Comprehensive quality assurance is an imperative factor in serial production based on additive methods. In practice, however, lack of experience and expertise often cause failure in AM serial production. DIN SPEC 17071 provides guidance for users and manufacturers seeking to set up production lines more quickly.
When highly sensitive equipment is combined with the lack of technological maturity of some methods or insufficient experience with their application, deviations in the dimensions and strength values of AM products often result. Yet standardized and reproducible quality characteristics are imperative in high-volume production. This particularly applies to the production of safety components and regulated sectors, such as the industries MedTech, aerospace, transportation, and energy.
Achievement of high component quality requires complete specification of the entire production process and continuous quality assurance covering the preparation of data and processes as well as the manufacturing process itself and even extending to follow-up. This also takes in detailed quality characteristics plus the pertinent test methods, equipment, and environmental conditions for every individual process. Further critical factors are qualified personnel and end-to-end documentation.
Requirements definition and validation
DIN SPEC 17071 provides step-by-step guidance from process qualification to quality assurance and validation of requirements. In doing so, it focuses on the cross-industry state of the art in additive manufacturing and the applicable standards. By following this guidance, users can now establish production lines which include risk minimisation and quality assurance within only a few months – a process that sometimes took years in the past. DIN SPEC 17071 supports manufacturers in areas such as creating complete requirements specifications for suppliers and contract manufacturers, helping them to reduce the required number of supplier audits.
TÜV SÜD developed its certification scheme for additive manufacturing facilities based on DIN SPEC 17071 and best practice methods drawn directly from AM production. The certification scheme helps manufacturers to establish serial additive manufacturing. In addition, it provides manufacturers that successfully complete auditing with evidence to demonstrate their implementation of DIN SPEC 17071 and with criteria for ensuring reliable and assured product quality to their customers and business partners.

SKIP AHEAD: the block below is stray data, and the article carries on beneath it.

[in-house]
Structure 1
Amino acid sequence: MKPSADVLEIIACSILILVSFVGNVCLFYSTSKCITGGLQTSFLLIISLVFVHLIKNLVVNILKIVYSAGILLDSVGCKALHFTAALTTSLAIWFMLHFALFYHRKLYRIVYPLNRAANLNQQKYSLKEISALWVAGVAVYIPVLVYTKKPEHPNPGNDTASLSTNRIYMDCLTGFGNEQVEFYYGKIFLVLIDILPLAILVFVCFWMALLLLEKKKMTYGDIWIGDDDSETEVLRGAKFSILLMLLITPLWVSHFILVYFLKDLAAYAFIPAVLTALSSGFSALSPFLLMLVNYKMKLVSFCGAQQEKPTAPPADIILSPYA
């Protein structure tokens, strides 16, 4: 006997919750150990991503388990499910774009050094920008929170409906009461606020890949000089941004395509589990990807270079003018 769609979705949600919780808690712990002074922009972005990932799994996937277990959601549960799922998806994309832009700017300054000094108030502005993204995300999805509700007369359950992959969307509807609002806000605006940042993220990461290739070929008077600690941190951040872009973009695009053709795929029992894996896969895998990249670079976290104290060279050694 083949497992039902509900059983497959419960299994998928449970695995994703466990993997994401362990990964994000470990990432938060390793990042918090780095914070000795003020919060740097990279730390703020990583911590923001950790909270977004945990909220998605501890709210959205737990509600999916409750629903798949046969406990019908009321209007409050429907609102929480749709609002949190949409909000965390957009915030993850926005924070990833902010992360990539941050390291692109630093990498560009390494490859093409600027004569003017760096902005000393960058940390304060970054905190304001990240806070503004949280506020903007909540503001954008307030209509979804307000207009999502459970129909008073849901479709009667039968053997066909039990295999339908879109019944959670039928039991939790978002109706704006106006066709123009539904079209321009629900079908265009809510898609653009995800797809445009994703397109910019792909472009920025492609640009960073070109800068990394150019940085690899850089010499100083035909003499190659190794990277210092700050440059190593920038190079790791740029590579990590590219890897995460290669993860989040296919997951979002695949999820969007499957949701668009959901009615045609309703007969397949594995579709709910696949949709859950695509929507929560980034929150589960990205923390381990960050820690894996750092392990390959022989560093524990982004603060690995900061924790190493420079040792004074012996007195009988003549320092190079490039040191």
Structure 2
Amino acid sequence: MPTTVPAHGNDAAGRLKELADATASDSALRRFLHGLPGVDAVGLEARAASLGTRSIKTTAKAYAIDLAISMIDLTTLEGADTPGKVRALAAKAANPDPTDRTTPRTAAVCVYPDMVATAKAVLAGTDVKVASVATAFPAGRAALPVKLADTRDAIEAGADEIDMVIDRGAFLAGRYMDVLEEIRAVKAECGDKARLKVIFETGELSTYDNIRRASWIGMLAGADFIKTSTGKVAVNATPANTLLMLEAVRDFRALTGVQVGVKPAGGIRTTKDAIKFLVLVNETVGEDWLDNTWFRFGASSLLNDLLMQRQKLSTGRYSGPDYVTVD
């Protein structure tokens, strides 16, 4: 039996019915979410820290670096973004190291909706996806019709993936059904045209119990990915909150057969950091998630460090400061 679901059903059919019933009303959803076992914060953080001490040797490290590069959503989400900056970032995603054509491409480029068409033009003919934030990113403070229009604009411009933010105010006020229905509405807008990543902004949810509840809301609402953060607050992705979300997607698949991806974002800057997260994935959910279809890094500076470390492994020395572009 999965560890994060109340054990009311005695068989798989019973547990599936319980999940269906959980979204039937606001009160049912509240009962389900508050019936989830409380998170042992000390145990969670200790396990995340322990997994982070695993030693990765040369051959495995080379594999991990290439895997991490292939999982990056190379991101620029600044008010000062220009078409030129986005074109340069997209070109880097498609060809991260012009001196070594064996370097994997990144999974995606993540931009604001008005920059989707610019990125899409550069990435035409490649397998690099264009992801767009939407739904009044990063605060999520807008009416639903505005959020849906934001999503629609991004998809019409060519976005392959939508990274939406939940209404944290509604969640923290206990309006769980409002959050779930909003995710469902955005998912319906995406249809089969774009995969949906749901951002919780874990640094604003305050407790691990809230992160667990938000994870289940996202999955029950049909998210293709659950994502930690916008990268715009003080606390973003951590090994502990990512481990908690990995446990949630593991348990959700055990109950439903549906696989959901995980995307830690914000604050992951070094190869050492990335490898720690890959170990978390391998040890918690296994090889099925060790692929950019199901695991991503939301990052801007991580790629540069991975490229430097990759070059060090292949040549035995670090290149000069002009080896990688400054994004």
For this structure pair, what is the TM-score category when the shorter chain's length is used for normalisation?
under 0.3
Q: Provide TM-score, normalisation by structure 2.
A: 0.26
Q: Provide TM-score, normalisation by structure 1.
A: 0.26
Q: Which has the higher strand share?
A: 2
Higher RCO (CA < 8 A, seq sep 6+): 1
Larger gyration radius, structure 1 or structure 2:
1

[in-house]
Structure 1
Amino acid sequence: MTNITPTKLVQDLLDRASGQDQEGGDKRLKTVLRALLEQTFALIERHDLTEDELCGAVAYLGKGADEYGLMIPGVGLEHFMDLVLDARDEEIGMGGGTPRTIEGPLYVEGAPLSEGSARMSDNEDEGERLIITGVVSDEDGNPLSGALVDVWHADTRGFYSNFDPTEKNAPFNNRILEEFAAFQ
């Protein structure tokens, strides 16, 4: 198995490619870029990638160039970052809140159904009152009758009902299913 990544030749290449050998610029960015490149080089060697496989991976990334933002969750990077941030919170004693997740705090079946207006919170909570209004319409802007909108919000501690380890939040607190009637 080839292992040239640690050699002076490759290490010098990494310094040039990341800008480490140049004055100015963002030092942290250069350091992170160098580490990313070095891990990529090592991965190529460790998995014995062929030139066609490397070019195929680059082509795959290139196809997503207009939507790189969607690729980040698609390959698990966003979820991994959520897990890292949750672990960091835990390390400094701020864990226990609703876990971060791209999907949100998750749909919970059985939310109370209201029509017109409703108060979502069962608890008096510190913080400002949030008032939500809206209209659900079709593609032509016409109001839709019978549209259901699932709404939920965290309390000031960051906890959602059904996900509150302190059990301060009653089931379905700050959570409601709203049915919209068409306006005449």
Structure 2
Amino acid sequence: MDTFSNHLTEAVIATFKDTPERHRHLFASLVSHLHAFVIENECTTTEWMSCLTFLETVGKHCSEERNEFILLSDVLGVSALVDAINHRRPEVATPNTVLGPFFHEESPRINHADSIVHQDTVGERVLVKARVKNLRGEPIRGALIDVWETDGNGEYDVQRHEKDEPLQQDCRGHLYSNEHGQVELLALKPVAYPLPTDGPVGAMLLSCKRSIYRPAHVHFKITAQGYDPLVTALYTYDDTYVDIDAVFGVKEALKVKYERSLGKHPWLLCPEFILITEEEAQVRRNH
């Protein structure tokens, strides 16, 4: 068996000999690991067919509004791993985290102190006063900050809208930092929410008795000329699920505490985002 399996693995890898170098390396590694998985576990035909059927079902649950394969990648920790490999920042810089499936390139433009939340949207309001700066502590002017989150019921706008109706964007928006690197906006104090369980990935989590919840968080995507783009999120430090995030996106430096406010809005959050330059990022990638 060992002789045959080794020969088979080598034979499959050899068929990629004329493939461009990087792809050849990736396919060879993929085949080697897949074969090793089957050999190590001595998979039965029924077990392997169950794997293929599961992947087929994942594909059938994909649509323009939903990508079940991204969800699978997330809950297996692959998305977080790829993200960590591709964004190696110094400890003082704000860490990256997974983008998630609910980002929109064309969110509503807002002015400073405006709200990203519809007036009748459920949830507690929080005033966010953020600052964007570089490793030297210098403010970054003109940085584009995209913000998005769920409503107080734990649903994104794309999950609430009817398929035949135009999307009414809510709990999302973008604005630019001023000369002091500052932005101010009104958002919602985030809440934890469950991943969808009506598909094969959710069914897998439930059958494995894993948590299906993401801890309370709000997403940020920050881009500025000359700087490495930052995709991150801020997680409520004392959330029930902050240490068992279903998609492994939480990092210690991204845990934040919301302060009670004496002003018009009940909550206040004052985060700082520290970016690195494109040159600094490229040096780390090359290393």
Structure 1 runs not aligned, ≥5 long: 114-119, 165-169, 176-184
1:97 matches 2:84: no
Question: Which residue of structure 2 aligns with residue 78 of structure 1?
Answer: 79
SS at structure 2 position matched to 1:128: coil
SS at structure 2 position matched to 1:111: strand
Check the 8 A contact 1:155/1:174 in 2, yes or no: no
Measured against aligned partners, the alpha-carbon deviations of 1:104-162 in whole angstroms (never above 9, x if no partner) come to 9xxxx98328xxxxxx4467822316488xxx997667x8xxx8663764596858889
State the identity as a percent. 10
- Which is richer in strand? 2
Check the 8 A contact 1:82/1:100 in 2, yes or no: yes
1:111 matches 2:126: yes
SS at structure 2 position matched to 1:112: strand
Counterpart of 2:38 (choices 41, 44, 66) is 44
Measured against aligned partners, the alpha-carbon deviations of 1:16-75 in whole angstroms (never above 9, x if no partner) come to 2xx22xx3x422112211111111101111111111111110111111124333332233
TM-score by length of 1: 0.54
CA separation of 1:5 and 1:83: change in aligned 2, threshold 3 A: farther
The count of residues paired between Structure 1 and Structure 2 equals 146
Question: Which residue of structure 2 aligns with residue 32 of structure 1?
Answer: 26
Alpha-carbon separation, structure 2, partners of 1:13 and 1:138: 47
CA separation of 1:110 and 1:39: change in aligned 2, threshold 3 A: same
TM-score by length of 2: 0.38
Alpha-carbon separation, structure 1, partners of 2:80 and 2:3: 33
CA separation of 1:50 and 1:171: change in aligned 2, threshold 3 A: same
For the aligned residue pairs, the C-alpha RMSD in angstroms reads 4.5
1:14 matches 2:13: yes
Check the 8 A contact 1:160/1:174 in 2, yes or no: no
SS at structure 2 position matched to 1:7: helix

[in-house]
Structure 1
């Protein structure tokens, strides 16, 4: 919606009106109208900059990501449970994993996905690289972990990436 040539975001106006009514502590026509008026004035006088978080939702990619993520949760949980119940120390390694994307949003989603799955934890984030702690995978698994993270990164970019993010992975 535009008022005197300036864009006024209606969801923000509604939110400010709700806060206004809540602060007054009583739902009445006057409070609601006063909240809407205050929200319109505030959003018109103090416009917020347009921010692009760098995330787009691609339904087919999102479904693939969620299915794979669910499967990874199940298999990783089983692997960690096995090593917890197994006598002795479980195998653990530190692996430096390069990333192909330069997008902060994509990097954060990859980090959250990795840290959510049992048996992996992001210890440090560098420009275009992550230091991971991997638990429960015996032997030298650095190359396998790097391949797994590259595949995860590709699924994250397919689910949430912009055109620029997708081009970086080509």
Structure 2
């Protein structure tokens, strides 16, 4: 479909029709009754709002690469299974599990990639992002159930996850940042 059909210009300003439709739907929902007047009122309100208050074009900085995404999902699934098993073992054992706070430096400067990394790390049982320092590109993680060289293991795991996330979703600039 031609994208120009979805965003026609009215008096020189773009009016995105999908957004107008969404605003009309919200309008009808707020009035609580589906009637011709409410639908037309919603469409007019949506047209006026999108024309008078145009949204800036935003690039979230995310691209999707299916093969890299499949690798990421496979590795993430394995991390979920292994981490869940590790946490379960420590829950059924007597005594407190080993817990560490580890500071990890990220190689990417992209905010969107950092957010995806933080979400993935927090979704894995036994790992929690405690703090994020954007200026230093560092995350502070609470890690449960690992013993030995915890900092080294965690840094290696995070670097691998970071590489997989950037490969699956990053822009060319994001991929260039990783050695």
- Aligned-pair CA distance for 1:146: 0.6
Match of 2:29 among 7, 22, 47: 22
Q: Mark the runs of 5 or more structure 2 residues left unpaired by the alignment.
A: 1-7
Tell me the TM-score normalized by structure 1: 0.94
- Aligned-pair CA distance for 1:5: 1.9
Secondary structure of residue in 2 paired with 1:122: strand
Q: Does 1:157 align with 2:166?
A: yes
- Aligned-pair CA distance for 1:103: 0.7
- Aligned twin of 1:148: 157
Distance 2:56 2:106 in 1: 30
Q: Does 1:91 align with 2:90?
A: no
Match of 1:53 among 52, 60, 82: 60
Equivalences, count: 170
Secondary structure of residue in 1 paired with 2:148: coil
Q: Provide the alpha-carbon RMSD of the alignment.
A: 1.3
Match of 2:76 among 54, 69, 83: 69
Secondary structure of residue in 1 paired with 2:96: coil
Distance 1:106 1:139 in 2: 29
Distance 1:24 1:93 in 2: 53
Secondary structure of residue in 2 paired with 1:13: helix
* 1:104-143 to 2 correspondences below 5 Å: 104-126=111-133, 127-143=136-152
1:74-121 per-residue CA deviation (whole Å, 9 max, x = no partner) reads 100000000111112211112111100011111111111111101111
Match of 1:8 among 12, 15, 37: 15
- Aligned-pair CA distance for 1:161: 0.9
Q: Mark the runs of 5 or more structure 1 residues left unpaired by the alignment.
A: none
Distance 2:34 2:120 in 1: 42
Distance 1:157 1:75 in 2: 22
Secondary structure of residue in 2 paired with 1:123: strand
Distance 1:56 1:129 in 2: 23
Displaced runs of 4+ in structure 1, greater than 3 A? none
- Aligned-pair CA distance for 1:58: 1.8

DIN SPEC 17071 provides step-by-step guidance from process qualification to quality assurance and validation of requirements. In doing so, it focuses on the cross-industry state of the art in additive manufacturing and the applicable standard.
One case study for the establishment, assessment and certification of a production line concerns a German medium-sized enterprise that commissioned TÜV SÜD Product Service to assess its quality management in the field of additive manufacturing. The company produces plastic components for the automotive, mechanical engineering, and medtech industries. The external auditors assessed materials and machine handling, the definitions of quality criteria and order processing as well as the management of manufacturing processes and documentation. Further aspects concerned occupational health and safety and employee qualification.
The company uses the powder bed fusion (PBF) method, in which material in powder form is transformed into solid plastic by the application of focused heat. Depending on the feedstock and component design, this requires adjustment of various parameter settings including laser energy, exposure rate, and temperature. To ensure the component has the correct strength values later on, the powder solidification must be consistent in every production run. The raw material also plays a significant role in this respect. Its quality, handling, and storage are equally important for reproducible product quality in serial production.
DIN SPEC 17071 as the basis for ISO standards
So far there have been very few ISO and DIN standards addressing quality assurance in additive manufacturing. ISO 9001, for example, defines the general minimum requirements for QM systems. However, there are still many requirements and methods in additive manufacturing over which no final or fully developed consensus has been reached to date. ISO Committee TC 261 “Additive Manufacturing“ is currently working on many of these open issues. DIN SPEC 17071 is not a standard and is not integrated into existing EU Directives. However, it is a precursor of the forthcoming ISO/ASTM 52920-2 standard and is already helping pioneers in additive manufacturing to get their production lines ready for serial production and position themselves on the market.